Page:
According to Nathan Smith, a psychology researcher at the UK’s University of Manchester, people who take part in extreme expeditions often are motivated by the chance to do something that not many people do. “They are often highly trained so it’s an opportunity to test their skills out and do a task they haven’t done before,” he says.

Certain personality types are better able to deal with the stress of extreme expeditions. Research has shown that people who are less neurotic perform better. “What we see is that people in high-risk jobs are not easily anxious and when they are, they are able to control it quite well,” says Smith.

Conscientiousness also play a role. A study looking at the personality traits of people willing to take a parabolic flight, for example, found that conscientiousness allowed them to cope better with extreme demands. This goes against the common notion that people who take part in extreme activities are adrenaline junkies. “What we found is that people typically spend a lot of time de-risking,” says Smith. “They do a lot to avoid having an adrenaline rush because to them that signals a threat.”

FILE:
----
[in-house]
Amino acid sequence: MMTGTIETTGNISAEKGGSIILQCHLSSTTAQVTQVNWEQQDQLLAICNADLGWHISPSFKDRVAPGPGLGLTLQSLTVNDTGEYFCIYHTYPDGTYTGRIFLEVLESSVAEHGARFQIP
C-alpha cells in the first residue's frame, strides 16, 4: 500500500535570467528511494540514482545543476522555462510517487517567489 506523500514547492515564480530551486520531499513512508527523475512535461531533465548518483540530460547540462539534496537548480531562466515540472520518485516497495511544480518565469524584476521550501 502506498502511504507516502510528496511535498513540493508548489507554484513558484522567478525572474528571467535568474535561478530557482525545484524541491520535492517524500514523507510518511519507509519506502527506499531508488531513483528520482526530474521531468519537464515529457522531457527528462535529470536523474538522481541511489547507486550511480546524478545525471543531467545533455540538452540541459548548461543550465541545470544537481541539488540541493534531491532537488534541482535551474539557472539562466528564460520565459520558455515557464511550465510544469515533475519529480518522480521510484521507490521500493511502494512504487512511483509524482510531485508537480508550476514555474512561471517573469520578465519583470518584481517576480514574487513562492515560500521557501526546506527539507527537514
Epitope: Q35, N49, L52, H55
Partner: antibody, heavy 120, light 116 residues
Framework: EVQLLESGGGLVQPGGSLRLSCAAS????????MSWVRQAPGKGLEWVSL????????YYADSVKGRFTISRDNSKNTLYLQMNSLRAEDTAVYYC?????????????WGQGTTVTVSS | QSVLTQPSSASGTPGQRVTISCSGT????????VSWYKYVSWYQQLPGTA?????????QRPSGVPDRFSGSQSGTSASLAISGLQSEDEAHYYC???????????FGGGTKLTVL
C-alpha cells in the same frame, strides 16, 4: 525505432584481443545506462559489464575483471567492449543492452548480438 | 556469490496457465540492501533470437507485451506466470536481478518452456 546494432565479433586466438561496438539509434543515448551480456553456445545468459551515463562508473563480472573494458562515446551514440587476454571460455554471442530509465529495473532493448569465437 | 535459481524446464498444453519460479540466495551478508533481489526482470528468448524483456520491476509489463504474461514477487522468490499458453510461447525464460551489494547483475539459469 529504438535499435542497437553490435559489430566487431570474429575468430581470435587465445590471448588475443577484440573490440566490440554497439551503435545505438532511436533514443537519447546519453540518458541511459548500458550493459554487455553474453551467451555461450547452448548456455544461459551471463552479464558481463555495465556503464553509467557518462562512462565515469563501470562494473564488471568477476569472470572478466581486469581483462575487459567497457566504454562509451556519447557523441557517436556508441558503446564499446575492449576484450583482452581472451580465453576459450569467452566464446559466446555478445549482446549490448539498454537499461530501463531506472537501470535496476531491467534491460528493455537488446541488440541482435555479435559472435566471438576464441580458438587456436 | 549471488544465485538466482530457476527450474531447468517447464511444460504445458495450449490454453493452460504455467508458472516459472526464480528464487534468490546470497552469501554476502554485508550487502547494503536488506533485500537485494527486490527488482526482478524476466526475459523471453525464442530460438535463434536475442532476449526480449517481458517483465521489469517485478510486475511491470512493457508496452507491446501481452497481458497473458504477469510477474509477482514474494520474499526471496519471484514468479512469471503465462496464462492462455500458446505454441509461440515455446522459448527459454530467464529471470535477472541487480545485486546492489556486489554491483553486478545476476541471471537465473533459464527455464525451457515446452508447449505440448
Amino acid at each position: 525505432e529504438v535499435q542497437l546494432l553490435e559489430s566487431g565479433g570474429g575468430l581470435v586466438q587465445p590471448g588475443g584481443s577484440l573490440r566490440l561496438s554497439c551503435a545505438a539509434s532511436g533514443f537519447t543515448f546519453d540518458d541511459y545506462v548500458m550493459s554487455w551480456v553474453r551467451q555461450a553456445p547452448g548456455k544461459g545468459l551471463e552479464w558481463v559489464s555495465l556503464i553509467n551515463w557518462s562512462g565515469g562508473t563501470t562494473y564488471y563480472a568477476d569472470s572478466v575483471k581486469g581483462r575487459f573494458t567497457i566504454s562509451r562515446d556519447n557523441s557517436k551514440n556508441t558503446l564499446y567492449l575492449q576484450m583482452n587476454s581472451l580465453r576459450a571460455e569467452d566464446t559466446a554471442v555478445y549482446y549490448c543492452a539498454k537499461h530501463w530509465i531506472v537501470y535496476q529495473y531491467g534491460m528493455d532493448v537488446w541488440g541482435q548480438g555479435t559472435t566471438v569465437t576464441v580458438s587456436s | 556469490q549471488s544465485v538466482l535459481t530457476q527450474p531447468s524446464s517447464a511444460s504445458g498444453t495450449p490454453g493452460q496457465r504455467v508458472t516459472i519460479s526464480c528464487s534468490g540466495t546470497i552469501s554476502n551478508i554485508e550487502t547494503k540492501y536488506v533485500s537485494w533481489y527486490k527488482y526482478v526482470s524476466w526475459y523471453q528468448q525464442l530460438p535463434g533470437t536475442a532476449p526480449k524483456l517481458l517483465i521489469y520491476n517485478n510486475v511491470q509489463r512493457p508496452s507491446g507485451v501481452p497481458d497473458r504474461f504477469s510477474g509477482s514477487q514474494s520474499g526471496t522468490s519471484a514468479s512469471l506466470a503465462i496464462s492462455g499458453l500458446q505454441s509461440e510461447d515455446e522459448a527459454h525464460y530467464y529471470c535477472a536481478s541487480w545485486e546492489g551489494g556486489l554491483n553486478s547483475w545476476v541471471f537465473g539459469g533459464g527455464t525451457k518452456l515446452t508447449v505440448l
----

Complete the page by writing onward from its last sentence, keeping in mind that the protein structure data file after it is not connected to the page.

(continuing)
Blood needs to be kept within a narrow temperature range, which was a challenge on the flight to Antarctica (Credit: Getty Images)

Blood needs to be kept within a narrow temperature range, which was a challenge on the flight to Antarctica (Credit: Getty Images)

Nutbeam and his team had to be diligent to deal with the challenges they faced during the long journey. Throughout the trip, for example, Nutbeam had to monitor the temperature of the bagged blood, ensuring that it remained within a narrow optimum range. The front of the plane, where the team was huddled, was kept warm, but it was about -10C at the back. “I had to try and find a sweet spot to put the blood and had to check on it every hour,” he says.